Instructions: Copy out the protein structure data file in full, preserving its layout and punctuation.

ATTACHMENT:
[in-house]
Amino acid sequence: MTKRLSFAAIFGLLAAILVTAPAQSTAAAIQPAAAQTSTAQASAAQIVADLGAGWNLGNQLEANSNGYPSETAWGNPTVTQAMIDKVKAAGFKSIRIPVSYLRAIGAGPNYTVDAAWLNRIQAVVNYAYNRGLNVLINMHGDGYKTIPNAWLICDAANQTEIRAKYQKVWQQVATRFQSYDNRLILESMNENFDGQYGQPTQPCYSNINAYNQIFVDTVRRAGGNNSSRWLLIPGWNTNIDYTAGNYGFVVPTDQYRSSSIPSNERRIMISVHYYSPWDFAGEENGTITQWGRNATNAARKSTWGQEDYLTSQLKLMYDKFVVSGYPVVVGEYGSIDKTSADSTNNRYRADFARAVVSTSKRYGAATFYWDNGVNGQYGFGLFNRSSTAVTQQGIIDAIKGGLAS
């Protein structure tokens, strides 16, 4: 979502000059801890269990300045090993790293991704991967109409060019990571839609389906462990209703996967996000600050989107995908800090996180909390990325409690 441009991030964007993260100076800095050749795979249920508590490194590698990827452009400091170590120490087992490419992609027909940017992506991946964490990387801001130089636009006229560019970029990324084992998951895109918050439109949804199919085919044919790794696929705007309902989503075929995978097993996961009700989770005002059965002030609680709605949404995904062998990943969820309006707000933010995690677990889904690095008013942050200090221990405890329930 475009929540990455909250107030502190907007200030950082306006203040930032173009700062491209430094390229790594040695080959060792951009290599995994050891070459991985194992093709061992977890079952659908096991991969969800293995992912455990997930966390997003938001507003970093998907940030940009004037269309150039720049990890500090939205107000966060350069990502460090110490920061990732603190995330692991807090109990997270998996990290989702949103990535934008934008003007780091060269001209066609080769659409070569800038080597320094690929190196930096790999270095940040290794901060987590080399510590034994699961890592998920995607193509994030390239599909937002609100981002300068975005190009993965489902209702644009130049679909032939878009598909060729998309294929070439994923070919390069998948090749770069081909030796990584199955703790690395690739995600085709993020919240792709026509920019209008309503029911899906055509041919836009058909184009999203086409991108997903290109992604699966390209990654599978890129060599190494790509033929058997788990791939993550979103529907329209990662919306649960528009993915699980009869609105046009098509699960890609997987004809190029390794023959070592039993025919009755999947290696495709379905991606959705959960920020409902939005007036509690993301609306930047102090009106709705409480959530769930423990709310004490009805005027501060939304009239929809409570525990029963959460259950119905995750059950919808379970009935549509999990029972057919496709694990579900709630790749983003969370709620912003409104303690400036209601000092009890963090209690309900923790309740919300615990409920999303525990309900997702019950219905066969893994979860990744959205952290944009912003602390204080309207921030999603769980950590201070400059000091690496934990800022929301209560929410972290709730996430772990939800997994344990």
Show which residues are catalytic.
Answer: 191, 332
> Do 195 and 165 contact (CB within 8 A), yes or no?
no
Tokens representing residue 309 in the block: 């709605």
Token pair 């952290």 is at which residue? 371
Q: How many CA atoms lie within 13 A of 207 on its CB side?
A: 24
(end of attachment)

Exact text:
[in-house]
Amino acid sequence: MTKRLSFAAIFGLLAAILVTAPAQSTAAAIQPAAAQTSTAQASAAQIVADLGAGWNLGNQLEANSNGYPSETAWGNPTVTQAMIDKVKAAGFKSIRIPVSYLRAIGAGPNYTVDAAWLNRIQAVVNYAYNRGLNVLINMHGDGYKTIPNAWLICDAANQTEIRAKYQKVWQQVATRFQSYDNRLILESMNENFDGQYGQPTQPCYSNINAYNQIFVDTVRRAGGNNSSRWLLIPGWNTNIDYTAGNYGFVVPTDQYRSSSIPSNERRIMISVHYYSPWDFAGEENGTITQWGRNATNAARKSTWGQEDYLTSQLKLMYDKFVVSGYPVVVGEYGSIDKTSADSTNNRYRADFARAVVSTSKRYGAATFYWDNGVNGQYGFGLFNRSSTAVTQQGIIDAIKGGLAS
């Protein structure tokens, strides 16, 4: 979502000059801890269990300045090993790293991704991967109409060019990571839609389906462990209703996967996000600050989107995908800090996180909390990325409690 441009991030964007993260100076800095050749795979249920508590490194590698990827452009400091170590120490087992490419992609027909940017992506991946964490990387801001130089636009006229560019970029990324084992998951895109918050439109949804199919085919044919790794696929705007309902989503075929995978097993996961009700989770005002059965002030609680709605949404995904062998990943969820309006707000933010995690677990889904690095008013942050200090221990405890329930 475009929540990455909250107030502190907007200030950082306006203040930032173009700062491209430094390229790594040695080959060792951009290599995994050891070459991985194992093709061992977890079952659908096991991969969800293995992912455990997930966390997003938001507003970093998907940030940009004037269309150039720049990890500090939205107000966060350069990502460090110490920061990732603190995330692991807090109990997270998996990290989702949103990535934008934008003007780091060269001209066609080769659409070569800038080597320094690929190196930096790999270095940040290794901060987590080399510590034994699961890592998920995607193509994030390239599909937002609100981002300068975005190009993965489902209702644009130049679909032939878009598909060729998309294929070439994923070919390069998948090749770069081909030796990584199955703790690395690739995600085709993020919240792709026509920019209008309503029911899906055509041919836009058909184009999203086409991108997903290109992604699966390209990654599978890129060599190494790509033929058997788990791939993550979103529907329209990662919306649960528009993915699980009869609105046009098509699960890609997987004809190029390794023959070592039993025919009755999947290696495709379905991606959705959960920020409902939005007036509690993301609306930047102090009106709705409480959530769930423990709310004490009805005027501060939304009239929809409570525990029963959460259950119905995750059950919808379970009935549509999990029972057919496709694990579900709630790749983003969370709620912003409104303690400036209601000092009890963090209690309900923790309740919300615990409920999303525990309900997702019950219905066969893994979860990744959205952290944009912003602390204080309207921030999603769980950590201070400059000091690496934990800022929301209560929410972290709730996430772990939800997994344990």
Show which residues are catalytic.
Answer: 191, 332
> Do 195 and 165 contact (CB within 8 A), yes or no?
no
Tokens representing residue 309 in the block: 């709605």
Token pair 């952290």 is at which residue? 371
Q: How many CA atoms lie within 13 A of 207 on its CB side?
A: 24